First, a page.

A New Meaning to Renewable
Updated: Jun 9, 2021
By the end of 2019, there were 282 gigawatts of renewable energy generation capacity on the grid in the U.S.
Even though this seems like a huge amount, these renewable energy resources accounted for only 17% of overall electricity production, according to the U.S. Energy Information Administration.
There’s a fundamental need to build new infrastructure.
When it comes to electricity, U.S. consumption of electricity is equivalent to about 308 billion gallons of gasoline each year, according to a formula from the Sierra Club.
Taking that into consideration, one of the biggest marks in battling the effects of climate change will be accomplished through building new and varied sources of renewable energy to power the grid.
The idea is that by building upon sources of clean energy, this furthers the development of new infrastructure and in turn the reduction of carbon emissions.
Recent OECD estimates indicate that around $6.3 trillion of infrastructure investment is needed each year globally until 2030 to meet development goals. This will need to increase to $6.9 trillion each year to make this investment compatible with the goals of the Paris Climate Agreement.
Building a net-zero America will require immediate, large-scale mobilization of money, policy and societal commitment from individuals and companies alike, including at least $2.5 trillion in additional capital investment into energy supply, industry, buildings, vehicles and more over the next decade, but major decisions in the energy transition must start now.
According to the World Bank, countries now have a once-in-a-generation chance to set themselves on a sustainable, inclusive and resilient development path.
Corporations are doing their part to move the needle forward, but one estimate states that the U.S. needs to invest an average annual investment of $320 billion in new renewable energy generation through 2050 in order to reach a 100% clean energy economy, based on findings from the Economic Risks of Climate Change in the United States National Report.
Several major companies have already pledged to zero out their carbon footprints in the next decade or so. Both Google and Amazon Web Services have created their own guidelines to ensure procurement of new sources and their 100% commitment of clean energy.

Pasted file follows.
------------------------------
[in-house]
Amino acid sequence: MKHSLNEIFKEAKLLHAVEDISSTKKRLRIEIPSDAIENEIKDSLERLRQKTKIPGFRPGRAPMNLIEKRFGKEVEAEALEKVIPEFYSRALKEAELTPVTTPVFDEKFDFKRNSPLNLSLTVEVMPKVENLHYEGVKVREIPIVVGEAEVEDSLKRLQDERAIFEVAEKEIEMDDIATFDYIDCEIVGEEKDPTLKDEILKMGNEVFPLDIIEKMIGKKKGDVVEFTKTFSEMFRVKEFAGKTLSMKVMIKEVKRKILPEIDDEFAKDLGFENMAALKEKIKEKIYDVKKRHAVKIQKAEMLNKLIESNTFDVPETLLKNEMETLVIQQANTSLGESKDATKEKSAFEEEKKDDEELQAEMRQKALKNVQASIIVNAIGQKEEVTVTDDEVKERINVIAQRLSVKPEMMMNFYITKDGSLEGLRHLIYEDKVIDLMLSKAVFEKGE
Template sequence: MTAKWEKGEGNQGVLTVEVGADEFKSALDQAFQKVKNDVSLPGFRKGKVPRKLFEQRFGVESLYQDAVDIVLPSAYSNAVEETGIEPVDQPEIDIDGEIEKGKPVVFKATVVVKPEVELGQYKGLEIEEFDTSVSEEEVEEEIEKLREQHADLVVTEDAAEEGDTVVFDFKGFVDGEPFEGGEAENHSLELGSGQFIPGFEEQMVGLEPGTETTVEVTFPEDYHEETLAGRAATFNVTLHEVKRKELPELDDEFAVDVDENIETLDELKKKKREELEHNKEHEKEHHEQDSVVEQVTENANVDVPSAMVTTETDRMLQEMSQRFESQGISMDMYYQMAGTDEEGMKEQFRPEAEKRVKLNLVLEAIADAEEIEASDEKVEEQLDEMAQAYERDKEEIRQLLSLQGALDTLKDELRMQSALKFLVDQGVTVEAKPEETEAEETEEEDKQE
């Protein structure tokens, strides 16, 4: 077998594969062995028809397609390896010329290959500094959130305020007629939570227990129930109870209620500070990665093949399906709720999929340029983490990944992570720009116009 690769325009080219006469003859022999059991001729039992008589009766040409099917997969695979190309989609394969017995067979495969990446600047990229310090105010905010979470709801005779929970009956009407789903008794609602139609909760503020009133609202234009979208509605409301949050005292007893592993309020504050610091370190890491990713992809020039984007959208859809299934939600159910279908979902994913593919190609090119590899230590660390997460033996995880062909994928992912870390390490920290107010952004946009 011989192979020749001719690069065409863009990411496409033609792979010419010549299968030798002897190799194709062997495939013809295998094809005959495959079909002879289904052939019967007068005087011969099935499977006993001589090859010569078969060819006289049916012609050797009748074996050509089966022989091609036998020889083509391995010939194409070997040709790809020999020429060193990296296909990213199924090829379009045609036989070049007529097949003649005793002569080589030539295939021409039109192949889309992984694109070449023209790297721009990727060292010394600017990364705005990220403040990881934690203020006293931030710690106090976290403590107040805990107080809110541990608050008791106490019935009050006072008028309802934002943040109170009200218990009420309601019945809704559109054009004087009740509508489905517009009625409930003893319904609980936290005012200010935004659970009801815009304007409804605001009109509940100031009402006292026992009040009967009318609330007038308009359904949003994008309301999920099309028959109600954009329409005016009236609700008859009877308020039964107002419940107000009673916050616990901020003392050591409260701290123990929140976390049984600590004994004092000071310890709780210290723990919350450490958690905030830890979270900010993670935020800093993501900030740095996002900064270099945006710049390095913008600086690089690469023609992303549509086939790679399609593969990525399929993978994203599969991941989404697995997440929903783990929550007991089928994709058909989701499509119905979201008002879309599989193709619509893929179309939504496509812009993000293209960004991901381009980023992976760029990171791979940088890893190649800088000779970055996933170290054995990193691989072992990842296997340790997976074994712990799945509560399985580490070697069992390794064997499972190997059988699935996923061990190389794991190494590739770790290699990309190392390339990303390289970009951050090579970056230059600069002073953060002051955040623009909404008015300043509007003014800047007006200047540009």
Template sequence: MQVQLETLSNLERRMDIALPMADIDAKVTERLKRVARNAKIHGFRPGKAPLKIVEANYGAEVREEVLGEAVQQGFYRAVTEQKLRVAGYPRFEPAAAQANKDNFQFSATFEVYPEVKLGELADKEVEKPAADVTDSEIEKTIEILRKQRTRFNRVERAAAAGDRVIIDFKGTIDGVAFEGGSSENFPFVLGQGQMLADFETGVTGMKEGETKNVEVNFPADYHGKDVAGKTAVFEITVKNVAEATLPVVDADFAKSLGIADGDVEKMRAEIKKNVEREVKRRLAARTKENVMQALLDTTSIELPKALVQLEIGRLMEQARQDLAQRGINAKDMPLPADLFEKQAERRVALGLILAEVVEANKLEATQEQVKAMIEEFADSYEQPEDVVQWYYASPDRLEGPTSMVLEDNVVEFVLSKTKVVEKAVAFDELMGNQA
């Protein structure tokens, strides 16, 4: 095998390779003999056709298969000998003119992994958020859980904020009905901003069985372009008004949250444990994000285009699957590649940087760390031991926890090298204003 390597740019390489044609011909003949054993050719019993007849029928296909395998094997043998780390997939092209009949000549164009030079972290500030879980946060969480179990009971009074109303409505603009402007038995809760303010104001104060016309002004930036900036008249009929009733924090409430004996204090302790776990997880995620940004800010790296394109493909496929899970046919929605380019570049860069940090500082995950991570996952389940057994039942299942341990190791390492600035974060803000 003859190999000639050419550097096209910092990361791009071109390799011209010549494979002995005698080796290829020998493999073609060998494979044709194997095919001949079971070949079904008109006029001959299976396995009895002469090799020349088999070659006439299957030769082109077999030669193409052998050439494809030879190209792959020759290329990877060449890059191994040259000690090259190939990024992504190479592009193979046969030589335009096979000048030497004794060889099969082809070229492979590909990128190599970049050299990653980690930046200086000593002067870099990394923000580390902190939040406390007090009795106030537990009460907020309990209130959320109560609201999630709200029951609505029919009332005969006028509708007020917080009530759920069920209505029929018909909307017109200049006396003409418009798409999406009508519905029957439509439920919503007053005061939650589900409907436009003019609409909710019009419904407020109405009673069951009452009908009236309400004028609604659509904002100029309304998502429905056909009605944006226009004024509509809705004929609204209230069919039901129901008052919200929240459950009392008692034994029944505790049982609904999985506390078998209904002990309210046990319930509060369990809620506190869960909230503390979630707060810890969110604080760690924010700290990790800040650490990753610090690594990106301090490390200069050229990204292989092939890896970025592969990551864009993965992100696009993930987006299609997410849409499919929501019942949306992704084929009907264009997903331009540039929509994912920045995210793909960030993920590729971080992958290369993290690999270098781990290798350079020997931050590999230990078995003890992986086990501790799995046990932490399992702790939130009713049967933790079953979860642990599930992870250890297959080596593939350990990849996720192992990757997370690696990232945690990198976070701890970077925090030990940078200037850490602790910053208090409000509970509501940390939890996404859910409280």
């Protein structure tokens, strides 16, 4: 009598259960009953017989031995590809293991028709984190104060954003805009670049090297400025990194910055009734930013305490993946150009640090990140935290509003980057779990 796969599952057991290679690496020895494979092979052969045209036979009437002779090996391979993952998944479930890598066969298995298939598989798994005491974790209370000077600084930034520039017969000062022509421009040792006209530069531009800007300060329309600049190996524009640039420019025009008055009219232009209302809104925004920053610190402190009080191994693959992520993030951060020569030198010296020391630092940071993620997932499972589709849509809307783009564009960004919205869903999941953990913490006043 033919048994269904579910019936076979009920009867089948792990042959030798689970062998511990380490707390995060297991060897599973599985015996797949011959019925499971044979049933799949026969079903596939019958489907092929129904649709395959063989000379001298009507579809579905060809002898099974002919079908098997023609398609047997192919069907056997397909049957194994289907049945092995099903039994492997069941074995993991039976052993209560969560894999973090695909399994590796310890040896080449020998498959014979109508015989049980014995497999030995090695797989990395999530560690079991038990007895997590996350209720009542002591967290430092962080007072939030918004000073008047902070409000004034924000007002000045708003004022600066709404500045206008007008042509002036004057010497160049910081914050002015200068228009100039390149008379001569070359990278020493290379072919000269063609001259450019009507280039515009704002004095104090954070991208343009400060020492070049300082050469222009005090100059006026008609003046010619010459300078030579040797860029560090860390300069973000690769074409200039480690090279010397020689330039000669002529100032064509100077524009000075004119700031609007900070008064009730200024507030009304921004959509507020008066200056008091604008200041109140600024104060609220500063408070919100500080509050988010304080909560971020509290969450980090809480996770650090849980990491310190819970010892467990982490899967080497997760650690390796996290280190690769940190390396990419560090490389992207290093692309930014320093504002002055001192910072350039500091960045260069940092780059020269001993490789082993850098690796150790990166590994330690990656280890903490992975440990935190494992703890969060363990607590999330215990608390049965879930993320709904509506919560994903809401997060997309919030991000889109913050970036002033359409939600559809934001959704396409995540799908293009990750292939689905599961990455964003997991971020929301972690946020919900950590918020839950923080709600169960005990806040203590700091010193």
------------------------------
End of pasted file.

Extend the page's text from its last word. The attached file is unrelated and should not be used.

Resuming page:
They’ve also been purchasing clean energy at a larger scale, which has allowed them to become a primary leader in U.S. renewable energy growth. Even so, hitting the bigger decarbonization targets needed to limit the impacts of climate change will require more substantial and quicker reductions in carbon emissions from the power-sector.
According to World Resources Institute, the U.S. has made progress towards a low-carbon economy in recent years. Low-carbon technologies have become more efficient and more affordable compared to fossil fuels, while clean energy investment and deployment grew to new levels, with 2021 estimated to be the strongest year yet.
Led by wind and solar, U.S. clean energy investment climbed to a record $78.3 billion in 2019. The United States is second only to China in total clean energy investments, and despite the lingering COVID-19 pandemic, the long-term drivers for investment remain strong.
Mobilizing public and private resources is an essential part of generating the trillions of dollars needed for sustainable infrastructure, according to OECD.
In fact, $1 million spent on clean energy in the U.S. generates more than twice as many jobs as $1 million spent on fossil fuels in the short-term.
A key takeaway here: Making new purchases toward expanding renewable energy will deliver benefits not limited to decarbonization of the planet, but it can also unlock short-term gains, including new jobs, economic growth and resilience after the COVID-19 pandemic.
This is where you, the consumer, come in.
Whether you’ve thought about switching to renewable energy for your household or maybe you haven’t thought about it all, by contributing to new resources, you’re in turn building out the grid.
It is imperative to continue with momentum and to expand renewable energy infrastructure to reach net-zero goals. The costs of climate change will increase the longer we delay further action.
For people, the planet and the economy as a whole, the transition to a new climate-focused economy will be essential.
A clean energy transition will provide benefits to the U.S., but it will be a long-term journey. Committing to a personal environmental journey for yourself and your household is a step toward that carbon-free future.
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